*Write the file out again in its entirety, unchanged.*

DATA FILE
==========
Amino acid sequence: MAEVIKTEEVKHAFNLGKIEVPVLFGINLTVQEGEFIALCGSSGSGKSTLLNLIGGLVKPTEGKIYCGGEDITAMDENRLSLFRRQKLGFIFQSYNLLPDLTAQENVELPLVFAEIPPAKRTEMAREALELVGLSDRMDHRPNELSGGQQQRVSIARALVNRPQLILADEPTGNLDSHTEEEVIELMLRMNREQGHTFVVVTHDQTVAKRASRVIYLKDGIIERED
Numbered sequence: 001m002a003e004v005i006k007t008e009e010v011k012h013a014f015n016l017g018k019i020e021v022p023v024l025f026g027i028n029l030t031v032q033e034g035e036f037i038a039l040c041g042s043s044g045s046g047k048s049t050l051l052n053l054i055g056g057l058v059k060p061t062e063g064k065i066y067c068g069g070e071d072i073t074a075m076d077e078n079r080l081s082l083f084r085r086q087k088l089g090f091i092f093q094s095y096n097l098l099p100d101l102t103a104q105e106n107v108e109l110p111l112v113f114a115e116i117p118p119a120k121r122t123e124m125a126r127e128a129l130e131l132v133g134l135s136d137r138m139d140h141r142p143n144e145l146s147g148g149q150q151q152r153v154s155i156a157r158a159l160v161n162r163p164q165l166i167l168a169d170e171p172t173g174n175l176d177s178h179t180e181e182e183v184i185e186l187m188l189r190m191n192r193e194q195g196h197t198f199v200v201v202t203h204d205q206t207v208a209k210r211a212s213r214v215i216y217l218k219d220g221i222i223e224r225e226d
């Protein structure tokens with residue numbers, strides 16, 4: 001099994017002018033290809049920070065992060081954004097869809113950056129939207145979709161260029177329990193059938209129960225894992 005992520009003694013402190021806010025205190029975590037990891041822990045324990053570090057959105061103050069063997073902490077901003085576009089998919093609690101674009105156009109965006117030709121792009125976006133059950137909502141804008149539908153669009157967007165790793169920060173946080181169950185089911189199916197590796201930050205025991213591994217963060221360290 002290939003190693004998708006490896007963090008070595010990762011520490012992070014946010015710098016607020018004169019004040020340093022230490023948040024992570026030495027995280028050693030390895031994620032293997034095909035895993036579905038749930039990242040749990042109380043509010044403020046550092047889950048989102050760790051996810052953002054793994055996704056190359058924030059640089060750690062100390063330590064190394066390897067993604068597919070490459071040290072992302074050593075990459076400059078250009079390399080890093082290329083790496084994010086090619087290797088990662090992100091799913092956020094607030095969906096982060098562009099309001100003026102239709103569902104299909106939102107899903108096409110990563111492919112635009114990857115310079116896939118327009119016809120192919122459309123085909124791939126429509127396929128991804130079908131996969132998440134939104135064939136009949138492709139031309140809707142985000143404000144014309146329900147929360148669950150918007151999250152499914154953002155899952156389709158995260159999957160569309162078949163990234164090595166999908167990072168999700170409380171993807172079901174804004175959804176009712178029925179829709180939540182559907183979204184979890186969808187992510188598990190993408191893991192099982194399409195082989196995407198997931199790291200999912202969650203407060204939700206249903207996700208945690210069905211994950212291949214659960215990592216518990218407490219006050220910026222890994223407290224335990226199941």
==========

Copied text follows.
Amino acid sequence: MAEVIKTEEVKHAFNLGKIEVPVLFGINLTVQEGEFIALCGSSGSGKSTLLNLIGGLVKPTEGKIYCGGEDITAMDENRLSLFRRQKLGFIFQSYNLLPDLTAQENVELPLVFAEIPPAKRTEMAREALELVGLSDRMDHRPNELSGGQQQRVSIARALVNRPQLILADEPTGNLDSHTEEEVIELMLRMNREQGHTFVVVTHDQTVAKRASRVIYLKDGIIERED
Numbered sequence: 001m002a003e004v005i006k007t008e009e010v011k012h013a014f015n016l017g018k019i020e021v022p023v024l025f026g027i028n029l030t031v032q033e034g035e036f037i038a039l040c041g042s043s044g045s046g047k048s049t050l051l052n053l054i055g056g057l058v059k060p061t062e063g064k065i066y067c068g069g070e071d072i073t074a075m076d077e078n079r080l081s082l083f084r085r086q087k088l089g090f091i092f093q094s095y096n097l098l099p100d101l102t103a104q105e106n107v108e109l110p111l112v113f114a115e116i117p118p119a120k121r122t123e124m125a126r127e128a129l130e131l132v133g134l135s136d137r138m139d140h141r142p143n144e145l146s147g148g149q150q151q152r153v154s155i156a157r158a159l160v161n162r163p164q165l166i167l168a169d170e171p172t173g174n175l176d177s178h179t180e181e182e183v184i185e186l187m188l189r190m191n192r193e194q195g196h197t198f199v200v201v202t203h204d205q206t207v208a209k210r211a212s213r214v215i216y217l218k219d220g221i222i223e224r225e226d
């Protein structure tokens with residue numbers, strides 16, 4: 001099994017002018033290809049920070065992060081954004097869809113950056129939207145979709161260029177329990193059938209129960225894992 005992520009003694013402190021806010025205190029975590037990891041822990045324990053570090057959105061103050069063997073902490077901003085576009089998919093609690101674009105156009109965006117030709121792009125976006133059950137909502141804008149539908153669009157967007165790793169920060173946080181169950185089911189199916197590796201930050205025991213591994217963060221360290 002290939003190693004998708006490896007963090008070595010990762011520490012992070014946010015710098016607020018004169019004040020340093022230490023948040024992570026030495027995280028050693030390895031994620032293997034095909035895993036579905038749930039990242040749990042109380043509010044403020046550092047889950048989102050760790051996810052953002054793994055996704056190359058924030059640089060750690062100390063330590064190394066390897067993604068597919070490459071040290072992302074050593075990459076400059078250009079390399080890093082290329083790496084994010086090619087290797088990662090992100091799913092956020094607030095969906096982060098562009099309001100003026102239709103569902104299909106939102107899903108096409110990563111492919112635009114990857115310079116896939118327009119016809120192919122459309123085909124791939126429509127396929128991804130079908131996969132998440134939104135064939136009949138492709139031309140809707142985000143404000144014309146329900147929360148669950150918007151999250152499914154953002155899952156389709158995260159999957160569309162078949163990234164090595166999908167990072168999700170409380171993807172079901174804004175959804176009712178029925179829709180939540182559907183979204184979890186969808187992510188598990190993408191893991192099982194399409195082989196995407198997931199790291200999912202969650203407060204939700206249903207996700208945690210069905211994950212291949214659960215990592216518990218407490219006050220910026222890994223407290224335990226199941």